As for my friend, he was not only inspired but got into reading travel books too!
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3 of 3 people found the following review helpful
5.0 out of 5 stars Ditto the above, 6 Nov. 2008
By 
Jan Fry (UK) - See all my reviews
(REAL NAME)   
This review is from: Into Africa: Africa by Motorcycle - Every Day an Adventure (Paperback)
I fully agree with the previous two reviews. I thoroughly recommend Sam's books, they're really are a great read. Can't wait to read the new book "Distant Suns" Keep on travelling, and writing, Sam.
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2 of 2 people found the following review helpful
5.0 out of 5 stars What an adventure,, 22 Nov. 2008
By 
A. Wilson "Tony Wilson" (East Yorkshire) - See all my reviews
(REAL NAME)   
This review is from: Into Africa: Africa by Motorcycle - Every Day an Adventure (Paperback)
What a superb read, I only intended to read a couple of chapters but the whole book got done in one go. I found that I could visualize my self in Sam's shoes but I would not have been able to put the experience into so many eloquent words. If you like a good read I can recommend this book.
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5.0 out of 5 stars Gripping rodeo ride..., 15 Jan. 2015
This review is from: Into Africa: Africa by Motorcycle - Every Day an Adventure (Paperback)
I love story openings that slap you round the face with a leather glove, wake you from your routine and challenge you to continue.

The opening chapter of Into Africa is just that. It describes a harrowing incident in a remote part the continent where things go badly wrong, but Sam somehow manages to prevent them getting much, much worse.

I won’t spoil it for you, suffice to say that the first section invites you to ponder how would you cope with the same situation, and what you might do differently?

The charm of this book derives from the fact that Sam is very much a novice at the outset of the tale. Not to travel, but to motorcycling. The early chapters include taking his test, buying a bike and learning how to ride it before scuttling rapidly across Europe and a boat to Egypt in the 1990s.

None of these things are to be taken lightly, but Sam learns as he goes; by experience, by failure and often by asking the right questions of the right people at the right time.

I admire Sam’s journeys because they are honest. He isn’t sat alone in the bush barbecuing road-kill with a 40-person film crew stood quietly out of shot. This adventure was not primarily a charity-fundraiser, nor intended as a potential revenue stream. In fact, it took many years to become a book. Sam simply went because he was inquisitive. These are real tales of self-financed derring-do carried out either alone or with friends met along the way.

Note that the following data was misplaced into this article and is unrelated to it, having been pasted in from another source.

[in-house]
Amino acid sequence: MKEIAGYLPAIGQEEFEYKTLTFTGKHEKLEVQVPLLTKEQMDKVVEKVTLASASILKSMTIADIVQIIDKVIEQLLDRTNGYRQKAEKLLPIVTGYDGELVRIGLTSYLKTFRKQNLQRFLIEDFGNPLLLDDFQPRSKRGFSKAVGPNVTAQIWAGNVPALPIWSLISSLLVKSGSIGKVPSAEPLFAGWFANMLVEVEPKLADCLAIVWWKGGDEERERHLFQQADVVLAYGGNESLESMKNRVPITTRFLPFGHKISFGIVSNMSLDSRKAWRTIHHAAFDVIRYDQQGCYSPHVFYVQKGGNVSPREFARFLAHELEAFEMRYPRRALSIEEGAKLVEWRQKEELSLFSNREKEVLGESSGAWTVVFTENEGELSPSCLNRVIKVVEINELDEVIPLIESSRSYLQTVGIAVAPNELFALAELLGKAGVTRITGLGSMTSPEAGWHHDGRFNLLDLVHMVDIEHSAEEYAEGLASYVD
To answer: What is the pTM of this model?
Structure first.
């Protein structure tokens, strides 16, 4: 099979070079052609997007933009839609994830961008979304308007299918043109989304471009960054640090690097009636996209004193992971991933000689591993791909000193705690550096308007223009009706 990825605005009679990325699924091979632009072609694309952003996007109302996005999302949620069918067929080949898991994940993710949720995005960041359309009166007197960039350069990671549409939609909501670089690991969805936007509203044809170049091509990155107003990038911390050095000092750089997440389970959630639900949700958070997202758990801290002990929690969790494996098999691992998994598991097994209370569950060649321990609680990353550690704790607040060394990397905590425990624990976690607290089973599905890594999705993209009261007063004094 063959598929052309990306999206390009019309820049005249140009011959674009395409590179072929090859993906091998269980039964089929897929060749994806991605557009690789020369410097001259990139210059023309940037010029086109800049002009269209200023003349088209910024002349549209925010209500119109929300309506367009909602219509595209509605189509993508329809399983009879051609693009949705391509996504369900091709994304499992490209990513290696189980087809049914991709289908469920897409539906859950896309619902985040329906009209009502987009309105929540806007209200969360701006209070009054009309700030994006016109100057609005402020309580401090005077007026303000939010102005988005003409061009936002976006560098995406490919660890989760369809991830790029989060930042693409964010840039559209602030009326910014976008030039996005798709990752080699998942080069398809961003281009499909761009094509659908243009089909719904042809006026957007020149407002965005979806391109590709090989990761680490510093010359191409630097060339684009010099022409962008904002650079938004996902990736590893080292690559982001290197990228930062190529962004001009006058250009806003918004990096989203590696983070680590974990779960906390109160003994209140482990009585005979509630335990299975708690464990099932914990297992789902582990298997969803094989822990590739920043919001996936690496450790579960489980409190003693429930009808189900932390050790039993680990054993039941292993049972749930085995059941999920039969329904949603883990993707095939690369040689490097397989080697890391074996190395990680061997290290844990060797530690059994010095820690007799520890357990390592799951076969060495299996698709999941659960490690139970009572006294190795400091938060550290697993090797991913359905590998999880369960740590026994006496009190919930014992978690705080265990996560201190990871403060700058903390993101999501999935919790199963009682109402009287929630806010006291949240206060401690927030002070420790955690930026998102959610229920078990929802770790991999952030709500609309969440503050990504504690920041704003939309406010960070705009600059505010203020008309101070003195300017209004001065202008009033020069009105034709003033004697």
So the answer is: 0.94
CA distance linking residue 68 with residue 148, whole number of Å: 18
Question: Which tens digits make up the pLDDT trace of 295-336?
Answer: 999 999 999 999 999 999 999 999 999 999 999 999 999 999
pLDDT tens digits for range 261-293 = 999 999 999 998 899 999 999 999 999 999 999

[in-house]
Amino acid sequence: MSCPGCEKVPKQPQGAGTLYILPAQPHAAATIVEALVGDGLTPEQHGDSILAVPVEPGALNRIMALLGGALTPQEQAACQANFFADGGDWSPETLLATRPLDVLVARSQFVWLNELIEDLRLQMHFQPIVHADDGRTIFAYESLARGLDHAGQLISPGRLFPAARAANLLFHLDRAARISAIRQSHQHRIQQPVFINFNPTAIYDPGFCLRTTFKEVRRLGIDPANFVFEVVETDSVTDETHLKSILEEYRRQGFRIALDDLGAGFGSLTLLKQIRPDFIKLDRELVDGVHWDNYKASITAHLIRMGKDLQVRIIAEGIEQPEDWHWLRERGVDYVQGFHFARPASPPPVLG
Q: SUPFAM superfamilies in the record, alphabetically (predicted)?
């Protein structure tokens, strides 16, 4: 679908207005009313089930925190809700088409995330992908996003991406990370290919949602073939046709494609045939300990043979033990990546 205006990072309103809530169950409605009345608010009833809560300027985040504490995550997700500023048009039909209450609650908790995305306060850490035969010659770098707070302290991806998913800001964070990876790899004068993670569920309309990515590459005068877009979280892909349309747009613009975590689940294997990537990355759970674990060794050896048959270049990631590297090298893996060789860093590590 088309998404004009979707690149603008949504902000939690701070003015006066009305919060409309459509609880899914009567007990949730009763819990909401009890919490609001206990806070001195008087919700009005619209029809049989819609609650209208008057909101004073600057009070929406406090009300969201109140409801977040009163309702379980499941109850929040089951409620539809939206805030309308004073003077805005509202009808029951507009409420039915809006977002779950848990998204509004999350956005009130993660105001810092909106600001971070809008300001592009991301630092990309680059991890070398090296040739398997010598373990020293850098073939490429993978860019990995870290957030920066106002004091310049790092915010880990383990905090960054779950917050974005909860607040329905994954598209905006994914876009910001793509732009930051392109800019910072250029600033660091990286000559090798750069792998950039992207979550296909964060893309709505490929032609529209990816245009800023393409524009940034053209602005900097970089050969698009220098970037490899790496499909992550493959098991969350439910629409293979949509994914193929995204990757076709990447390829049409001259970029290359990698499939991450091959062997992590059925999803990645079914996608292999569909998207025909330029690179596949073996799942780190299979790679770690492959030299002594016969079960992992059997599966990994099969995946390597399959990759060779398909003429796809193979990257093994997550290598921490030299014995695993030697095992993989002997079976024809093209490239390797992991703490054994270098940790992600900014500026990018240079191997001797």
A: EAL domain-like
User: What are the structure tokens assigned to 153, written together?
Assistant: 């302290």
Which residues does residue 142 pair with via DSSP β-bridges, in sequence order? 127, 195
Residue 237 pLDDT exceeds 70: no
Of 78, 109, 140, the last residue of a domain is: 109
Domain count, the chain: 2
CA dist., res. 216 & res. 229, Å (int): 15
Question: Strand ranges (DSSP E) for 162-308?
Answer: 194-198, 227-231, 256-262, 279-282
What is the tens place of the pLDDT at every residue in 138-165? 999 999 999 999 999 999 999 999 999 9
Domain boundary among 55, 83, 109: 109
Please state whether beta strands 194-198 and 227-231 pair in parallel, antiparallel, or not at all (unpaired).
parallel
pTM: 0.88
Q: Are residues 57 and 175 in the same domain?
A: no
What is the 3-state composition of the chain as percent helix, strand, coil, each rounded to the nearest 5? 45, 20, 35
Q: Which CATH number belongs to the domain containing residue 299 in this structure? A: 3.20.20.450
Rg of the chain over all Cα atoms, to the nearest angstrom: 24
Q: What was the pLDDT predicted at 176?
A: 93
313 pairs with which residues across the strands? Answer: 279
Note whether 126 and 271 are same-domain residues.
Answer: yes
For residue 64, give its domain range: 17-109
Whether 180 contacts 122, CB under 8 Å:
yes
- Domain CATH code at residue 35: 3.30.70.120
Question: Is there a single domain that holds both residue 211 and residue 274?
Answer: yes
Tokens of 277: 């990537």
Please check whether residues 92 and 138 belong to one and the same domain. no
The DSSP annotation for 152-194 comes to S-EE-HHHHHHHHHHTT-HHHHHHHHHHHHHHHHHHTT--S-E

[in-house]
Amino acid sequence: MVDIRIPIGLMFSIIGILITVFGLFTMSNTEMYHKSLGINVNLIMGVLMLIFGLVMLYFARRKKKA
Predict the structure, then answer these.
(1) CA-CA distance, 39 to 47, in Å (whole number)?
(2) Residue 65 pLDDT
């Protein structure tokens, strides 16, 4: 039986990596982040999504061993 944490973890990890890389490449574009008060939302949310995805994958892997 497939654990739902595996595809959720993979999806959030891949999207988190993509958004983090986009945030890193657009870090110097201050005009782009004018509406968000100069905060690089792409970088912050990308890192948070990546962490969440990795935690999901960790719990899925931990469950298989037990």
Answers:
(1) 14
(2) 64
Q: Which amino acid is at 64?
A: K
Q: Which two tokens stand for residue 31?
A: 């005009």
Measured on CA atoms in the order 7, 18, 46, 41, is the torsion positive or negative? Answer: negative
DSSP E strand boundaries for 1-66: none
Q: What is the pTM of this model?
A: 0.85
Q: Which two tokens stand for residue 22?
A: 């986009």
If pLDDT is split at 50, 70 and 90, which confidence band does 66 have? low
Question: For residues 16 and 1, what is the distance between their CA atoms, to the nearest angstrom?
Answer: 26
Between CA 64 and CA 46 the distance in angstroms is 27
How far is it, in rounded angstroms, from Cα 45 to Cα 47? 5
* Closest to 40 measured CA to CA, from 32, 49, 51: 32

Africa has a permanently changing political landscape, and the book captures a period shortly before the fall of Apartheid in South Africa and end of the Eritrean conflict, when motorcycling through Sudan was very touch and go. Subsequently, for every famine, war or disease that is resolved in the cradle of man, others come to add more trauma to the Dark Continent.

What I found reassuring is that Sam proves that any obstacle can be overcome if you have persistence, patience and luck; though it would be wrong to say he comes away unscathed. Never mind, chicks dig scars!

Sam’s writing style is vividly detailed; offering descriptions that easily conjure images in your mind’s eye of the full African experience from unbridled natural beauty to pitiful squalor. Hidden within the imagery are valuable insights about life, happiness and the pros and cons of different societies.

I have no hesitation in recommending this book. If you are ready for the pleasures and pitfalls of starting a massive trip taken from absolute zero then Into Africa is a gripping rodeo ride.

Be warned, Sam’s journey didn’t stop at the Cape and you won’t want to either. There are three more books explaining what happens next…
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5.0 out of 5 stars An Inspirational Adventure Across Africa, 18 Jun. 2011
By 
J.Espresso (Portland, Oregon) - See all my reviews
This review is from: Into Africa: Africa by Motorcycle - Every Day an Adventure (Paperback)